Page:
I just checked the “textures” folder on my computer. It contains 1488 images. I’ve taken many more times that number of this type photos, but these are the ones I’ve chosen to save. What do I do with them all? Some of them end up as images in their own right, large canvases or prints. I love the fact that some of my favourite and most striking images come from extremely humble origins.

This slightly Gustav Klimt-inspired piece is actually a section of a burned out and rusted car I found deep in the woods in northern British Columbia.

OLYMPUS DIGITAL CAMERA

This rather spectacular study of blue and orange was created by the wear pattern of a chain on a dumpster in the far corner of the parking lot of my local Costco.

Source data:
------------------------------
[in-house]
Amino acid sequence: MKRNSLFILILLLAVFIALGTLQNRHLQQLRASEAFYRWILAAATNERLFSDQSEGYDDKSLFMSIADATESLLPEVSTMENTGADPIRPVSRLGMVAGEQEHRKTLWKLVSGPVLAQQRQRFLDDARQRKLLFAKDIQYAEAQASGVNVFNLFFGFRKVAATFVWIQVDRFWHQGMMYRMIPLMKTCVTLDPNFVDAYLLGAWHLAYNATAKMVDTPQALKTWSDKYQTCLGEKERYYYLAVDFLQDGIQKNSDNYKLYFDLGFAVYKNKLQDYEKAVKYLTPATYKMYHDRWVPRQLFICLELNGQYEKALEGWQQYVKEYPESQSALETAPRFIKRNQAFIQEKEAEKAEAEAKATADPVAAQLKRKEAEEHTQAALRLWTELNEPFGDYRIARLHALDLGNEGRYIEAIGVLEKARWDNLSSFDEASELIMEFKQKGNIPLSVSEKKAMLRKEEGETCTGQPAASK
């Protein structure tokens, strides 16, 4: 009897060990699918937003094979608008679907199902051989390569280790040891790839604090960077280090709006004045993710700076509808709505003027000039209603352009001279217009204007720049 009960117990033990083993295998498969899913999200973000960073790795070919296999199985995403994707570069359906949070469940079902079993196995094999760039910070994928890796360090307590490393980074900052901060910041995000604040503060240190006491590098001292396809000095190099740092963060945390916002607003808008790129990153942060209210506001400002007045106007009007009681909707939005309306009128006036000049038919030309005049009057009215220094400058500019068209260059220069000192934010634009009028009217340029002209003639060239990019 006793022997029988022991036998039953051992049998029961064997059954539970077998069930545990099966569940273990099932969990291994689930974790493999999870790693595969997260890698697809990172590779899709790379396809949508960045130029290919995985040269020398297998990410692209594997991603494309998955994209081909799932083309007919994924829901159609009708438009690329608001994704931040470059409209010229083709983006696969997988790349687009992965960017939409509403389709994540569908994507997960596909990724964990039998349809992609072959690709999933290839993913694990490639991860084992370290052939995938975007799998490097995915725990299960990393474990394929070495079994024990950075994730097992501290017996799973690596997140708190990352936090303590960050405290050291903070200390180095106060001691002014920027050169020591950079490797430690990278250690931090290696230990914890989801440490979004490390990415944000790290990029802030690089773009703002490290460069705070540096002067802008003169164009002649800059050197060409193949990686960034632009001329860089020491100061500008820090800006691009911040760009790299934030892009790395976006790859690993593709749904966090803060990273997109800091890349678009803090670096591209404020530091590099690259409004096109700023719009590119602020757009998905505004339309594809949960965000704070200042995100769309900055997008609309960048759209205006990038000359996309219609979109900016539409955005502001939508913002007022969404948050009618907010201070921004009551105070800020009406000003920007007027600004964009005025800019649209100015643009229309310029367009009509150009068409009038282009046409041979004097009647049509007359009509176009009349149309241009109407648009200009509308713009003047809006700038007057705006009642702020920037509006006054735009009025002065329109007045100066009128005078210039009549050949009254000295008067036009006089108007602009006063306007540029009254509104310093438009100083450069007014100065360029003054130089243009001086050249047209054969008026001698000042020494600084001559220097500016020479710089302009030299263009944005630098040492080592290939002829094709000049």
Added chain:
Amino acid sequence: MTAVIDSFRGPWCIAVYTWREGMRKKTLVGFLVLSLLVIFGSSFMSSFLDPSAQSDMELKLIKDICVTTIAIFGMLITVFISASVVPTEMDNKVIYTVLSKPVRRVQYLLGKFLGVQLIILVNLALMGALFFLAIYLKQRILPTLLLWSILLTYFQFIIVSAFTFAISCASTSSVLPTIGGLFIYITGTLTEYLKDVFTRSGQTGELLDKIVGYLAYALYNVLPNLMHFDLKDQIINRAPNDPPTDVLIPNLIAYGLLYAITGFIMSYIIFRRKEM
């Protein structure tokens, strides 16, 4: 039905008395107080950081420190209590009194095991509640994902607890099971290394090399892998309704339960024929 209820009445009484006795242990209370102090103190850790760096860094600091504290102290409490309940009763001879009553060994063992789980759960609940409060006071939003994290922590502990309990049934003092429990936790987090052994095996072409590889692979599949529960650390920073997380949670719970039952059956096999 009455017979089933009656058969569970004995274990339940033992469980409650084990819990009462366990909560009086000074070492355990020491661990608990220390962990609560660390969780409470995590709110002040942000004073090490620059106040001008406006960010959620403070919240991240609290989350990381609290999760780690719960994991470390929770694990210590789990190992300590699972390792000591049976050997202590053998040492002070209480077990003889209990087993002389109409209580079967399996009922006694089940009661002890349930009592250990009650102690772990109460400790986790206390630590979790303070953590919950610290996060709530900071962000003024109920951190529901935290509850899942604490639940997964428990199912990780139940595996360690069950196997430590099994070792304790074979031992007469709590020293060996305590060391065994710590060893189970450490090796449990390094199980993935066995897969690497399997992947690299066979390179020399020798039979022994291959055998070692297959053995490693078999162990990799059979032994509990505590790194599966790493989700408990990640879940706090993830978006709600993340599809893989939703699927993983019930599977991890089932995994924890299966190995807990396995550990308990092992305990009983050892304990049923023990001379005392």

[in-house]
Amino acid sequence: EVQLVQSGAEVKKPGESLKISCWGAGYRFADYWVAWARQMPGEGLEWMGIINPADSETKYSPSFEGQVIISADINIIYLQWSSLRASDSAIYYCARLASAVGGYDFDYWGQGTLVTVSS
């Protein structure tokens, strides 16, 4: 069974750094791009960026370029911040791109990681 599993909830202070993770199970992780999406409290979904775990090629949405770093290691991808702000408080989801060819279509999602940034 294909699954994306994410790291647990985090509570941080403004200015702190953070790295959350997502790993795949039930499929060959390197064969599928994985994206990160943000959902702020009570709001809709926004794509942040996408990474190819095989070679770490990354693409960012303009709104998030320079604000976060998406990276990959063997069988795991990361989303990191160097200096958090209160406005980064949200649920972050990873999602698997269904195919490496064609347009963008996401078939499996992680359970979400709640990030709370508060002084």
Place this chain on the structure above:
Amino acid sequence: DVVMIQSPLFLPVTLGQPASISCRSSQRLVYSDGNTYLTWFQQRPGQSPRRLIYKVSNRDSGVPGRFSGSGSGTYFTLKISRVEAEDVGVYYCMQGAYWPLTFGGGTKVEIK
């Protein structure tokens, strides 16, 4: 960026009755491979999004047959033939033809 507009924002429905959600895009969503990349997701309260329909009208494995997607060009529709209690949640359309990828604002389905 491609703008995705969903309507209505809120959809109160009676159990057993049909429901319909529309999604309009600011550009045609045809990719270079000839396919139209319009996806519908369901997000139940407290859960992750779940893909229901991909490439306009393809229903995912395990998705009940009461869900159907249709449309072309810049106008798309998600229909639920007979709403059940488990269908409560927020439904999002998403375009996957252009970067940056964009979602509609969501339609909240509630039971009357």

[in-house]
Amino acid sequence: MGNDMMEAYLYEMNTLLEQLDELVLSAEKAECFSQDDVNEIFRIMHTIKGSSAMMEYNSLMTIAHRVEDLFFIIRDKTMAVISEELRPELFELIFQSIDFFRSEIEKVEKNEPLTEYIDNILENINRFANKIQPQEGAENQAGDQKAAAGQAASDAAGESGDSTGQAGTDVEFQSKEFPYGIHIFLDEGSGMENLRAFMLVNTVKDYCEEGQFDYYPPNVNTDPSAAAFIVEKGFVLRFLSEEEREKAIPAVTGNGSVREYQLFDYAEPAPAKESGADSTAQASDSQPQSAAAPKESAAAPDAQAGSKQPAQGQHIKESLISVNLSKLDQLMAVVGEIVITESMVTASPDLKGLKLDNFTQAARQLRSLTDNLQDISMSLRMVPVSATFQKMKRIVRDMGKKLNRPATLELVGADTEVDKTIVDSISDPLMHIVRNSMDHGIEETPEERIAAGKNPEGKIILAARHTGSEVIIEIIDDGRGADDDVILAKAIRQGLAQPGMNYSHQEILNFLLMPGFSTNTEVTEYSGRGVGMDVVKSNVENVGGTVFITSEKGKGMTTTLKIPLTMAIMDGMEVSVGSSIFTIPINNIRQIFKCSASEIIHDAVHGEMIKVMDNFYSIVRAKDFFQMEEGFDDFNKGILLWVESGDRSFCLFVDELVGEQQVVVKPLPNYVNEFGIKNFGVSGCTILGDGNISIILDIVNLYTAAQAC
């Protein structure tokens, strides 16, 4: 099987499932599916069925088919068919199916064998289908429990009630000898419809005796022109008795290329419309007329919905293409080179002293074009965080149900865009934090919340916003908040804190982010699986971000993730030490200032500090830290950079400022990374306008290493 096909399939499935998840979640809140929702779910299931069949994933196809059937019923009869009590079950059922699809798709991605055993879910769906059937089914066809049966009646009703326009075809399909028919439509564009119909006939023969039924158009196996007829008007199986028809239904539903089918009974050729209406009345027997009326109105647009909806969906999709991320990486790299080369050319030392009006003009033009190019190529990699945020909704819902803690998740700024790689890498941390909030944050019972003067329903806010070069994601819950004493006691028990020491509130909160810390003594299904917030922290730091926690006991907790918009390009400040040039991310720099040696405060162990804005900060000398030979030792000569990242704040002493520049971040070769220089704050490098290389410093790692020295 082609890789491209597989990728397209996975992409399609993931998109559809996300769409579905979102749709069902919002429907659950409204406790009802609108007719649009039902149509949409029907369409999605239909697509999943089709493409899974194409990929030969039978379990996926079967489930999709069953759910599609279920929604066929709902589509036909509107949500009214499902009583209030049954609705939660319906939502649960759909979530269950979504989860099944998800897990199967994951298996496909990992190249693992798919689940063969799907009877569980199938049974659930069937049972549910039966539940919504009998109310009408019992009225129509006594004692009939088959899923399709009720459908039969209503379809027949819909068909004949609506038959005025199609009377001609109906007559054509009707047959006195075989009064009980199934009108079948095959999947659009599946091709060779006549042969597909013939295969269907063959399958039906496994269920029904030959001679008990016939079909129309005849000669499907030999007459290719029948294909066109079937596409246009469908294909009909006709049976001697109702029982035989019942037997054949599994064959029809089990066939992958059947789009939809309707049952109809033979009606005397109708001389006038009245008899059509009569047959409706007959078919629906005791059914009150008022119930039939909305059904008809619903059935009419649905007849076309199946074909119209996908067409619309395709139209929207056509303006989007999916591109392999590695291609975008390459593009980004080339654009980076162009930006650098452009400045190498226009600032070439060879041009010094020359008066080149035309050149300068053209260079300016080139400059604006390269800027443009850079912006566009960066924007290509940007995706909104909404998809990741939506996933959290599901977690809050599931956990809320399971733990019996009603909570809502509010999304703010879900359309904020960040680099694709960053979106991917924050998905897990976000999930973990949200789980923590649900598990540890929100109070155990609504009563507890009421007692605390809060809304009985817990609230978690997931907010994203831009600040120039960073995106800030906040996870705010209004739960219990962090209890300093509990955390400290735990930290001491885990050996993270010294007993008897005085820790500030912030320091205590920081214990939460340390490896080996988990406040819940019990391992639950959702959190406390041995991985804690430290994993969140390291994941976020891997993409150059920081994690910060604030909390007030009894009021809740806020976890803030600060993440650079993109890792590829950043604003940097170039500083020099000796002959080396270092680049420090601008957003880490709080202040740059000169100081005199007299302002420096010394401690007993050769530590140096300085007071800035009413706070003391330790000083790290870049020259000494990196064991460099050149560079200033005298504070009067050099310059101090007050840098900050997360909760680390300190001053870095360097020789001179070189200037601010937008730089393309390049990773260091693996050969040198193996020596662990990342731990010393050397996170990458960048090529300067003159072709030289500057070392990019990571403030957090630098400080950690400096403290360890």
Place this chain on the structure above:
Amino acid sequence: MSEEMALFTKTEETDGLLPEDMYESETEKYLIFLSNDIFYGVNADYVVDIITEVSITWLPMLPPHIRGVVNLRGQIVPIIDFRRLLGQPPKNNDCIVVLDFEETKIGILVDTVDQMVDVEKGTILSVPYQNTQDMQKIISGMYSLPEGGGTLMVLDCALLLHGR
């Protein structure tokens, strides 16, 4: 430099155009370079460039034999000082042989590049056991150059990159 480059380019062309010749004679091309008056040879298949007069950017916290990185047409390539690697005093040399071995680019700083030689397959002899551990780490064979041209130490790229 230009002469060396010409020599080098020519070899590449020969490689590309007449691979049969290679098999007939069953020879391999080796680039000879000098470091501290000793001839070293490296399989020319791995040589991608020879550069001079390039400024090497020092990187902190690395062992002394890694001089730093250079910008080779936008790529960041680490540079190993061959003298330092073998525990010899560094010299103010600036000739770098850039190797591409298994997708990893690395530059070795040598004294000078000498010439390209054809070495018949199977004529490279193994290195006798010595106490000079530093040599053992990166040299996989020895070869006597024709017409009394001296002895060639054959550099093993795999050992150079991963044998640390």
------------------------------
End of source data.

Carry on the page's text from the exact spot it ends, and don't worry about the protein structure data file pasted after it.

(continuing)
Spectacular Rust on a Dumpster in our Local Costco Parking Lot

Spectacular Rust on a Dumpster in our Local Costco Parking Lot

Some of the images are just fun – taken often around the house, like this one looking into a green plastic glass. I haven’t quite figured out a purpose for this one yet.

green glass

Most of the texture team play a supporting role in other images, layered to add depth (both in terms of meaning and visual interest). Every time I go back to the North East of England where I grew up, one of the things on my “must do” list is to climb up the 325 narrow winding steps of the tower at Durham Cathedral. From the top is a breath-taking panoramic view of the town and surrounding countryside. But the journey up the tower is fascinating too, as the stone walls have been embellished with graffiti – ancient and modern.